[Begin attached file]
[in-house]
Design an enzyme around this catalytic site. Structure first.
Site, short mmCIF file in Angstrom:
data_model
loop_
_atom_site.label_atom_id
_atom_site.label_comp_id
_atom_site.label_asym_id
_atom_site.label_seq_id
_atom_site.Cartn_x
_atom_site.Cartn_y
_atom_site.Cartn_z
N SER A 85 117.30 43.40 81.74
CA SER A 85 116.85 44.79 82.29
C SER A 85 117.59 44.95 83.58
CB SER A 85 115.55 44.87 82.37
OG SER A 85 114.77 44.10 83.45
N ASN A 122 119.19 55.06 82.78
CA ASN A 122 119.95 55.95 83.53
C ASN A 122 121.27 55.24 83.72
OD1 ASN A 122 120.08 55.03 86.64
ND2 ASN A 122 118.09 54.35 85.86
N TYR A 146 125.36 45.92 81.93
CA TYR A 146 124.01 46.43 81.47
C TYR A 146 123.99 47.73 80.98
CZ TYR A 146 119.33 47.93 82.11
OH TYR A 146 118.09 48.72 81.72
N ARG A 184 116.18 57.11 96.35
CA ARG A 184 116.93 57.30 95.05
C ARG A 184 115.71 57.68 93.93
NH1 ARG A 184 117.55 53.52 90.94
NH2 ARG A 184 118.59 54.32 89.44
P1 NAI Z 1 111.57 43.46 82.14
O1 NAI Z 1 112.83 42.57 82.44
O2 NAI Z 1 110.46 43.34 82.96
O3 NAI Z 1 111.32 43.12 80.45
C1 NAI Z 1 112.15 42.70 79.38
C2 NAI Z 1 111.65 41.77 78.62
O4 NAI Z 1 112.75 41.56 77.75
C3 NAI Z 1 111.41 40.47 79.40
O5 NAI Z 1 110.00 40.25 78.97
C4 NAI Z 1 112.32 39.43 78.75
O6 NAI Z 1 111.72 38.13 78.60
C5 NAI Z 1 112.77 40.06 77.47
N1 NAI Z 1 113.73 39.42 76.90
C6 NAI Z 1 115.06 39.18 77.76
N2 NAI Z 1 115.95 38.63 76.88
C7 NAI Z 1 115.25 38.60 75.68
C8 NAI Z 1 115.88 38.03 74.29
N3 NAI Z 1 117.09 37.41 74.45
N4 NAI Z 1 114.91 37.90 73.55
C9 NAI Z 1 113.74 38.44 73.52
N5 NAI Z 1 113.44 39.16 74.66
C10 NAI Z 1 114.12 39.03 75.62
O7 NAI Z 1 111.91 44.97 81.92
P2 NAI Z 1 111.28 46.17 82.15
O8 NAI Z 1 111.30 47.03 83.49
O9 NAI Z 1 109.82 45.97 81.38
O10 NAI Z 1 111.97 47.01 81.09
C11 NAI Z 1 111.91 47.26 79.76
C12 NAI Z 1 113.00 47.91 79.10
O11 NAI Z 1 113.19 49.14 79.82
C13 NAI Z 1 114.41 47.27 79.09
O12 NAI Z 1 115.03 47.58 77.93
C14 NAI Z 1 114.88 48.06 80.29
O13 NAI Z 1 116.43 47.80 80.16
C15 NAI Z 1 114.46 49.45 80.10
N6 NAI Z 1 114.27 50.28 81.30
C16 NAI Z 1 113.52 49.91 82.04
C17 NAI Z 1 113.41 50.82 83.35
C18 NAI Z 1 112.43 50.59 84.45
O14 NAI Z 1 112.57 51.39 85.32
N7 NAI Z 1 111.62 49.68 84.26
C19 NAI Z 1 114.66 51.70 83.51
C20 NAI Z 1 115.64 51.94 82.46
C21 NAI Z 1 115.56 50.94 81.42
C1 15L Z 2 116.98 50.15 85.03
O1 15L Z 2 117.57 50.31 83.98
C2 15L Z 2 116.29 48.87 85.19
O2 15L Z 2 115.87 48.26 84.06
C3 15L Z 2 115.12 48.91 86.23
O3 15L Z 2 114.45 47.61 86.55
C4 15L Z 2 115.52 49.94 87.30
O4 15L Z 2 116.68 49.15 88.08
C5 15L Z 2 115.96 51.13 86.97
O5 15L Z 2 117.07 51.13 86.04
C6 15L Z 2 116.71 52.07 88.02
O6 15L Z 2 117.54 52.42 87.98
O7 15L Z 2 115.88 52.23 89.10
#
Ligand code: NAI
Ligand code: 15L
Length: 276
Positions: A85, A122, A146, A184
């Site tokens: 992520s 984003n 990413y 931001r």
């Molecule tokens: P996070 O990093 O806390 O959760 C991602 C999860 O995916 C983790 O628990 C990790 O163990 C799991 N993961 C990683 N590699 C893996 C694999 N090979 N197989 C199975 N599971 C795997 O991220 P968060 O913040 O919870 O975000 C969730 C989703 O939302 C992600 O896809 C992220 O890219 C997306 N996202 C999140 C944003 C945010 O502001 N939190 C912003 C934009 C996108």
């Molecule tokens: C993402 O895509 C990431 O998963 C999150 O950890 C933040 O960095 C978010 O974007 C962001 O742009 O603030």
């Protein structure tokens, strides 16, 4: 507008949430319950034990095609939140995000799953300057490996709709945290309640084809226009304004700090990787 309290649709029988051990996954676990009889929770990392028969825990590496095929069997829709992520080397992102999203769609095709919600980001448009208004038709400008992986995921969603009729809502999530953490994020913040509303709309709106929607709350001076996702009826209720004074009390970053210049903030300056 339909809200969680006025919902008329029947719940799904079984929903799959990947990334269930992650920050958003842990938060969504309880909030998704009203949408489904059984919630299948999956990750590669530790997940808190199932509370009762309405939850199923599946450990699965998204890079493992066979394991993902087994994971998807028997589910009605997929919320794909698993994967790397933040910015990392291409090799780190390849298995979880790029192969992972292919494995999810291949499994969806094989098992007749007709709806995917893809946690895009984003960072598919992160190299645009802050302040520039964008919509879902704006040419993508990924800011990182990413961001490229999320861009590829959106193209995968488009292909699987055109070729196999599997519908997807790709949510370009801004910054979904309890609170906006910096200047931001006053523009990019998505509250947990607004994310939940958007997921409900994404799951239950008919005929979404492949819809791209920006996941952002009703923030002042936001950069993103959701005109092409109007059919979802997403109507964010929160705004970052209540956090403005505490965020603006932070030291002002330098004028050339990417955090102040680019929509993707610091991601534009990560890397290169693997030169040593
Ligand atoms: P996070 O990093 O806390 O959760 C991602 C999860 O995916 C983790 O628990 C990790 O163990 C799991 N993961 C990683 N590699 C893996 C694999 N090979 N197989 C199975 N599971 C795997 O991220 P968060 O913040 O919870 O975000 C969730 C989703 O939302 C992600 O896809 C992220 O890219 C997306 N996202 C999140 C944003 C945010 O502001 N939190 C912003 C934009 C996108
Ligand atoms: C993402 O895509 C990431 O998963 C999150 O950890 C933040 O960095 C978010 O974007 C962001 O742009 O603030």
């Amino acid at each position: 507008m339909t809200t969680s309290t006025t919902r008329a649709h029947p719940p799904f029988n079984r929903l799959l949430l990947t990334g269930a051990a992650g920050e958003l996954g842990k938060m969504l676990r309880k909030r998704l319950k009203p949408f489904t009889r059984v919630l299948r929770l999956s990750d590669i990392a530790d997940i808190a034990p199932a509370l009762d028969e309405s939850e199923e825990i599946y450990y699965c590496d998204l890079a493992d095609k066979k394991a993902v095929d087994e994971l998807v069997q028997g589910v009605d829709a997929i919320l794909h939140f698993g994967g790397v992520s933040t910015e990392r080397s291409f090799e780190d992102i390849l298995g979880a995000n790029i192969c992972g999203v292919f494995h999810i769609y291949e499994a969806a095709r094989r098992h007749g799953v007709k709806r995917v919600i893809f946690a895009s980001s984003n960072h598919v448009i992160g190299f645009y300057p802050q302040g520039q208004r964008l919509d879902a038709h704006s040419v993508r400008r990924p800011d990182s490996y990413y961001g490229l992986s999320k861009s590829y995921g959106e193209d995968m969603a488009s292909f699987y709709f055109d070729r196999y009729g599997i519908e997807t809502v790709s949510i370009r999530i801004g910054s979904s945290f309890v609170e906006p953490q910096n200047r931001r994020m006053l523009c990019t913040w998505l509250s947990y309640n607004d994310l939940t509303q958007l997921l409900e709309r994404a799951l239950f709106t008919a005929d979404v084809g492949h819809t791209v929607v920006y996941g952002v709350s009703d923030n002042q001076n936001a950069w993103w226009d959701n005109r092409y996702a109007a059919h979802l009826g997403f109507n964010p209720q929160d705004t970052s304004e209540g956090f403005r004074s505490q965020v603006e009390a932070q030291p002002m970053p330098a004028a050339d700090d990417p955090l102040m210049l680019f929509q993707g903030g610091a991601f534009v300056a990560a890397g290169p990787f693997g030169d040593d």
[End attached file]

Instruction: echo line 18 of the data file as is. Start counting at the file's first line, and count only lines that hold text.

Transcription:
N ASN A 122 119.19 55.06 82.78